The final step is updating your nameservers to point to the new website host.
All you need to do is log in to your domain account and go to DNS settings. Here, you should see your nameserver fields. Simply update them to point to your new website host.
You would have received your nameserver details while signing up for a new host in the first step. Just enter the same details here.
It can take up to 24 hours for the domain to be completely propagated to your new host. You can use free DNS checkers online to remain updated on the propagation of the domain to the new host.
Once the propagation is complete and your new host is working fine, you can go ahead and deactivate your old hosting account.
Migrating your WordPress website with a plugin
Migrating a website manually can be a little challenging if you’re not familiar with working with your site’s cPanel.
If this is the case, using a plugin is a better choice. It also takes less time to complete the migration this way. However, you do have to check whether your existing and new hosts are compatible with the migration plugin you’re using.
We will be using All-in-One WP Migration to migrate your WordPress website.
Step 1: Install and activate the plugin
You first need to install and activate the All-in-One WP Migration plugin on your WordPress website.
- Go to Plugins and click on Add new
- Search All-in-One WP Migration. You would be able to see the plugin appear in the search results.
- Download the plugin and activate it.
Step 2: Export your WordPress website
The next step is exporting your current WordPress website using this plugin.
- In your WordPress admin panel, go to All-in-One WP Migration -> Export.
- In the Export to dropdown, select File.
- You would be asked to select the files you’d like to exclude from the export. If you’re not sure, it’s best to leave them as they are.
- The plugin would then start the export of your website. Once the export file is ready, you can download it.
Step 3: Change DNS settings
Now that your export is ready, it’s time to import it to your new website host. Once your new hosting account is ready, install a new version of WordPress on it.
Next, you would need to update your DNS settings.
Simply login into your domain account and update the nameservers to point to your new host. Once the update is complete and the DNS has been propagated, you would see a blank version of WordPress on opening your website.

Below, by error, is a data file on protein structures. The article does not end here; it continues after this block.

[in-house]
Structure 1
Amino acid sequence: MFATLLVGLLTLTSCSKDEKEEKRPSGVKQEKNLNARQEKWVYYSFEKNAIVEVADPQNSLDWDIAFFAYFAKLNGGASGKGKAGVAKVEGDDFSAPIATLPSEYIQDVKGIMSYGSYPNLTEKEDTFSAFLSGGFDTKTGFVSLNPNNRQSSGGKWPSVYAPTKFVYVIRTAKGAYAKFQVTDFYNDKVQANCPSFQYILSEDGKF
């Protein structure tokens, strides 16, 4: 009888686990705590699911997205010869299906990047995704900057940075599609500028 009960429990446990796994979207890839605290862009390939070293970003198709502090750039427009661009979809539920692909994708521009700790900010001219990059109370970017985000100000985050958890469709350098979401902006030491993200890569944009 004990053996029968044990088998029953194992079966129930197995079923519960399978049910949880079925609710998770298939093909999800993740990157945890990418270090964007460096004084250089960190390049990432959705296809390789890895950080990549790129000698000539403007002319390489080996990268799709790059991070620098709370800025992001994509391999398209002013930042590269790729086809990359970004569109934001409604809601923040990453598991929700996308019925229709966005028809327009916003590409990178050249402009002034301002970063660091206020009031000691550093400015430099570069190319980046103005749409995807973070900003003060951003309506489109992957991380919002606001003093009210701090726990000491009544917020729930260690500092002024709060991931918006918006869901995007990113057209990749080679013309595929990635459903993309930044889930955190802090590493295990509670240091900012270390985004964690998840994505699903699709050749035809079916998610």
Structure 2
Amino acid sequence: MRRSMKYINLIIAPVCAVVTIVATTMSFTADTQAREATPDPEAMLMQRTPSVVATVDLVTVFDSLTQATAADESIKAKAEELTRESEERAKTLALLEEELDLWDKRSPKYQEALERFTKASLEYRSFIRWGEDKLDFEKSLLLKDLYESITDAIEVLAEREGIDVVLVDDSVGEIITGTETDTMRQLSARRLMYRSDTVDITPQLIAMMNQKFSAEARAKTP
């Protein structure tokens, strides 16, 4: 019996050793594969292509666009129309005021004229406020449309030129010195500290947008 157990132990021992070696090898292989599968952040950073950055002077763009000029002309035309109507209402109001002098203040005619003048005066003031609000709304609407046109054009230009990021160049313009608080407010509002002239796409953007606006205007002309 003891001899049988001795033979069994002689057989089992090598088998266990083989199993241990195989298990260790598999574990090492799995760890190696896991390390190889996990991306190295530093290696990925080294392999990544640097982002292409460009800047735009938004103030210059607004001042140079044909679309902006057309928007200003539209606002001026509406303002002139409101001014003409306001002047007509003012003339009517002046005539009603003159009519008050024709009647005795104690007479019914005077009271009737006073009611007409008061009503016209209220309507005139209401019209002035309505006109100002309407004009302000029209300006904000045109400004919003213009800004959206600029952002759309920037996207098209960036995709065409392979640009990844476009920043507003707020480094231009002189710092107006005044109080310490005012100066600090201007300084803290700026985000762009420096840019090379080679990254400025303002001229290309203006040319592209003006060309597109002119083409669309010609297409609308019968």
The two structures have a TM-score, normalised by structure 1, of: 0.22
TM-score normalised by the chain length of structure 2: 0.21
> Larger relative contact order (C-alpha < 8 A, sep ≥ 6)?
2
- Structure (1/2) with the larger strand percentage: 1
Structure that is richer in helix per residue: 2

Step 4: Import your website to the new host
You can now import the same file you exported on your old WordPress website. Here’s how the process works:
- Login to your new WordPress website. You can use the login credentials you used while installing WordPress.
- Install and activate the WP Migration plugin on the new website.
- Navigate to All-in-One WP Migration -> Import from the left panel menu of your WordPress admin panel.
- In the Import From dropdown, select File and upload the file you downloaded earlier.
- Once the upload is complete, you can login to the site with the same credentials you used on the old site. Remember to save your permalinks settings again after logging in.
In case you face an error while uploading your export file, it could be because your host has a size limit for file exports. You can ask your host to update the size limit, or do it on your own by following the steps below:
- Go to your new host’s cPanel account.
- Go to Select PHP Version.
- In the post_max_size and upload_max_filesize fields, increase the size to 128M and try uploading your export file again. If it doesn’t work, you can increase the size to 256M or 512M and check again.
Website migration can seem complicated if you don’t know how the process exactly works.
Once you know the separation between a website’s files and database, and the role of important files like wp-config, you can easily migrate WordPress sites and diagnose issues if you ever run into them.
With this tutorial, you can see how the process works on a file and database level. Even though you can always use plugins to migrate sites, it is important to know how to perform a migration manually, should the need arise.